Many of you will be aware that EIA launched its summer appeal this week. We are asking you, our supporters, to help us thwart the expansion of oil palm companies in Indonesia into rainforests and so help safeguard an animal being pushed to extinction – the orangutan.
It’s hard to get a truly accurate picture of just how many orangutans exist in the wild today, as estimated numbers vary. It would seem that there are only 30,000-50,000 left in the wild, with two-thirds of those living in the Kalimantan forests of Borneo.
One fact that unites all the experts is that orangutan numbers are declining sharply and, very soon, they may only survive in zoos and designated conservation areas.
It’s no coincidence that Borneo and Sumatra, the two islands that are home to orangutans, have experienced an explosion in the area of monoculture plantations during the past decade. The expansion of these plantations into forests – largely for palm oil, but also fast-growing timber species for the pulp and paper industry – has devastated the habitat of orangutans.
More recently, there have been horrific cases of plantation companies paying for people to hunt down and kill orangutans in their concessions because they are regarded as ‘pests’.
The pressures on orangutan habitat show no sign of abating as worldwide demand for the product is on the increase, and the criminals killing them more often than not go unpunished.
Palm oil is a type of vegetable oil and can be found in literally thousands of products that we use every day, completely unaware of how it was produced. It’s in products ranging from soaps, shampoos and other cosmetics to countless foodstuffs including chocolates, cereals, soups, dairy products and crisps; the list goes on and on. Palm oil’s popularity is due to the fact that it is comparatively low in cost to produce and readily available.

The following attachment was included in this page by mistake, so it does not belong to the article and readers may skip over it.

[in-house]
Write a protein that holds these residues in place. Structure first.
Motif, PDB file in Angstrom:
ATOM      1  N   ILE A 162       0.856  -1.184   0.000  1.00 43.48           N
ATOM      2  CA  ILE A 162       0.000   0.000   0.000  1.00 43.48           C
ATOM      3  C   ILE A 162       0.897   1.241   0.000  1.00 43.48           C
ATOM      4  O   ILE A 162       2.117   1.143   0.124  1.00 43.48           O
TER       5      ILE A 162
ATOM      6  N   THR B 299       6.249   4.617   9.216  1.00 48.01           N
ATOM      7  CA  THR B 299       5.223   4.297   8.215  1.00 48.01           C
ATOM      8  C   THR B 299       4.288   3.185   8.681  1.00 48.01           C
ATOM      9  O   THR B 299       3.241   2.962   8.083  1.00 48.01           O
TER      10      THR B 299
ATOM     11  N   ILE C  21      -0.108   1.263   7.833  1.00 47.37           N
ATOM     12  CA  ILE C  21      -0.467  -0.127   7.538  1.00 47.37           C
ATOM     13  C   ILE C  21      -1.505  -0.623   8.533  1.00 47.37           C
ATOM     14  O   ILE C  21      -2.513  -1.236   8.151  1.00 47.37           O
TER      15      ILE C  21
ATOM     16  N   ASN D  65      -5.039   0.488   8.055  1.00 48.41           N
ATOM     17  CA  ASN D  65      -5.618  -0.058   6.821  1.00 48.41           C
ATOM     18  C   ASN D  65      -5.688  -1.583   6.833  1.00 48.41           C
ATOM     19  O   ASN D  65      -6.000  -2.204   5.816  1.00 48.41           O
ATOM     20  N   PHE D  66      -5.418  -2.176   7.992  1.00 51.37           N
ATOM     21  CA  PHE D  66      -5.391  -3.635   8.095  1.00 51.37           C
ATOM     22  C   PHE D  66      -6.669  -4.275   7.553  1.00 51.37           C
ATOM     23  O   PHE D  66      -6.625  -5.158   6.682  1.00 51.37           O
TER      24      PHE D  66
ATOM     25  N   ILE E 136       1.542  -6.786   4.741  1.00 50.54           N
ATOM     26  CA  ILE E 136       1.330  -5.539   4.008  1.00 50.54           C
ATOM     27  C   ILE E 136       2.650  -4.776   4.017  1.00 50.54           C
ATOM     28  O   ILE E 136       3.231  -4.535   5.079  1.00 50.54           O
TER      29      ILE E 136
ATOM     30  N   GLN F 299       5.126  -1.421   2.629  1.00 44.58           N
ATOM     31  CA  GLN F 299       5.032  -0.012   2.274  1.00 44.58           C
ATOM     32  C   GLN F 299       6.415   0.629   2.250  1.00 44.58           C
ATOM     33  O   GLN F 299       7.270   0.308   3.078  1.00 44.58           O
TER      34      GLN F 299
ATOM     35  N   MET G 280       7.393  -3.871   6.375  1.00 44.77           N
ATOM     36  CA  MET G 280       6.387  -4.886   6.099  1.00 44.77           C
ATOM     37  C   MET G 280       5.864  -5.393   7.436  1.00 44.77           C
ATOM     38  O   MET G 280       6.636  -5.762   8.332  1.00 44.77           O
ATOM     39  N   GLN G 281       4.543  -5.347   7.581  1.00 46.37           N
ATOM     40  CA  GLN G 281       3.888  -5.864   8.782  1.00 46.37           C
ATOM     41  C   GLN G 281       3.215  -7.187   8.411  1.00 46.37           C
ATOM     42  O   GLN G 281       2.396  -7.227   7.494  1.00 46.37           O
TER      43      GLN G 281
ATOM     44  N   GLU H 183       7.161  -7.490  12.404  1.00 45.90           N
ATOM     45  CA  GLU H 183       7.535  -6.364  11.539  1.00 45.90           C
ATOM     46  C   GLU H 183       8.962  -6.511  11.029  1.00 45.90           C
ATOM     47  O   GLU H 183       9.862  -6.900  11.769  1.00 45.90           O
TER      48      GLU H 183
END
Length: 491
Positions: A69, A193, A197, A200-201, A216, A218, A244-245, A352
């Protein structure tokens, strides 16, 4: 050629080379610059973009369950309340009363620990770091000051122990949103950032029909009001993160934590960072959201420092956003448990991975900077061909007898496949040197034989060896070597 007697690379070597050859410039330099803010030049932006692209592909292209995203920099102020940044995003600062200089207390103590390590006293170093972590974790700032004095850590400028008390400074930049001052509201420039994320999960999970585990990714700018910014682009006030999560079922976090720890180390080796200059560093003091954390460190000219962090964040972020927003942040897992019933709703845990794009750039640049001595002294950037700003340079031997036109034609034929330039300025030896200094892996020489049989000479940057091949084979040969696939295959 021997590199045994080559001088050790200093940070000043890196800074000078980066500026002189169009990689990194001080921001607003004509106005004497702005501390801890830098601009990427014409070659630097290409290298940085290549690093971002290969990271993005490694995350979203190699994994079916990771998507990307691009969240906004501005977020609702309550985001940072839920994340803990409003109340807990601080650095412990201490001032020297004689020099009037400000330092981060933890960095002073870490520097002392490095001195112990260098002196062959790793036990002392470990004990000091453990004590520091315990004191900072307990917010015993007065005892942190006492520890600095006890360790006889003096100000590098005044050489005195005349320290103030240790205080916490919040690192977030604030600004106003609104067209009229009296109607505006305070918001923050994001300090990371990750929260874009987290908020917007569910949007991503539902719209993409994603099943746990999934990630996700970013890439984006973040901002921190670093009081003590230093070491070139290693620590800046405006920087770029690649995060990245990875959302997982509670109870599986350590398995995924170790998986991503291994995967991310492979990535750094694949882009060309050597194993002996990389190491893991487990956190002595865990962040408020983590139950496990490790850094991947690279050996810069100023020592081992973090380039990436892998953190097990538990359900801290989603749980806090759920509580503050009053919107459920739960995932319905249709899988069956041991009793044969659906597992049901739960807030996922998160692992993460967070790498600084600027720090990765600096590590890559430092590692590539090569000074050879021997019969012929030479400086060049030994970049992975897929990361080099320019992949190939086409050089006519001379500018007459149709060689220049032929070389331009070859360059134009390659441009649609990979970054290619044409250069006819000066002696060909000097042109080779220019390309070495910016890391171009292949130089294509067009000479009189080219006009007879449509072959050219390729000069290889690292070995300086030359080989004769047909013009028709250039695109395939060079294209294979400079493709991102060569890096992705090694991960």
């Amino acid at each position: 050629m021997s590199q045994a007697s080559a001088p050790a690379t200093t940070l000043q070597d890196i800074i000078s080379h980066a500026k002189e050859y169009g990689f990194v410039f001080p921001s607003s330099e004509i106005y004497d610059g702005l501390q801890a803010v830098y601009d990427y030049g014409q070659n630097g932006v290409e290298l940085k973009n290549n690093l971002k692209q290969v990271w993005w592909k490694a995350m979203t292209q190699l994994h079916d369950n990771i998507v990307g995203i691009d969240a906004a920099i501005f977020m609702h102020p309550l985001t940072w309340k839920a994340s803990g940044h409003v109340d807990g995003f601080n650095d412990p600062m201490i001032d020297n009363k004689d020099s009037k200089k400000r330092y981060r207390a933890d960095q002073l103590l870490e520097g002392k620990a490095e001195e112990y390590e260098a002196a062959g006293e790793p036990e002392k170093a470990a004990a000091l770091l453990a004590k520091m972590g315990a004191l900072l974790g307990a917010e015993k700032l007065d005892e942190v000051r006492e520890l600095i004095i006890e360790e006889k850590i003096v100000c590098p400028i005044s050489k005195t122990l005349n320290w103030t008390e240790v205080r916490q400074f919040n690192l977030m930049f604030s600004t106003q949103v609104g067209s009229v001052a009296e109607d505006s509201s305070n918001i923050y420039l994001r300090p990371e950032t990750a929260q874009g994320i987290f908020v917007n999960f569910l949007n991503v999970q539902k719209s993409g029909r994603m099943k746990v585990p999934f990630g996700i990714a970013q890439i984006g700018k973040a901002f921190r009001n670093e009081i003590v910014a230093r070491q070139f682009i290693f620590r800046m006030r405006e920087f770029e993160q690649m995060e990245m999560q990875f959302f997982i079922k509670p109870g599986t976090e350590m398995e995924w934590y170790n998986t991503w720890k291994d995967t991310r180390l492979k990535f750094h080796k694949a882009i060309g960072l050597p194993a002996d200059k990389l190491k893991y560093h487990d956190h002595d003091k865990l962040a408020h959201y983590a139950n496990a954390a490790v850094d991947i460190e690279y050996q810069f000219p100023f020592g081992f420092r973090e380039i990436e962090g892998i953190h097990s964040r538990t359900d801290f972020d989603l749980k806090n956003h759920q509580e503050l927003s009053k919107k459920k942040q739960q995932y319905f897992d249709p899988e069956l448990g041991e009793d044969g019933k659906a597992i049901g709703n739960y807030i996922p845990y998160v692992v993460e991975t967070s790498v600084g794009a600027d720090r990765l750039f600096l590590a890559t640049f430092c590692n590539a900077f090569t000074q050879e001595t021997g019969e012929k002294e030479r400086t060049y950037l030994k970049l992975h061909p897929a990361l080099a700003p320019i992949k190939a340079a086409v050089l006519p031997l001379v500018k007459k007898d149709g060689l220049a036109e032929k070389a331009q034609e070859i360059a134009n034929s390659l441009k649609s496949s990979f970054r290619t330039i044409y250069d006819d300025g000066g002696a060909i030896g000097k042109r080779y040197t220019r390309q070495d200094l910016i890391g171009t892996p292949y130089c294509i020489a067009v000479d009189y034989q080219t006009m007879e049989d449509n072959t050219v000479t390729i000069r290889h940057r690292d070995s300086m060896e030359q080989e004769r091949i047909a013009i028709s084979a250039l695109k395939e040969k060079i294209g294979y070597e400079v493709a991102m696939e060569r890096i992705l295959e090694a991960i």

EIA is fighting to ensure the crooks behind the illegal deforestation driving the orangutan to extinction are brought to justice.
We have campaigned to save Indonesia’s forests for more than a decade now and have had much success, helping to reduce illegal logging by 50 percent in the past 10 years. The road ahead is long and hard, but the clock is ticking for the orangutan.
If you’re interested in finding out more about the orangutans’ plight and the work EIA is doing to combat the widespread deforestation in Kalimantan, then please get in touch. And if you’d like to donate to our current appeal and so play a vital role in supporting our work, you can do so here.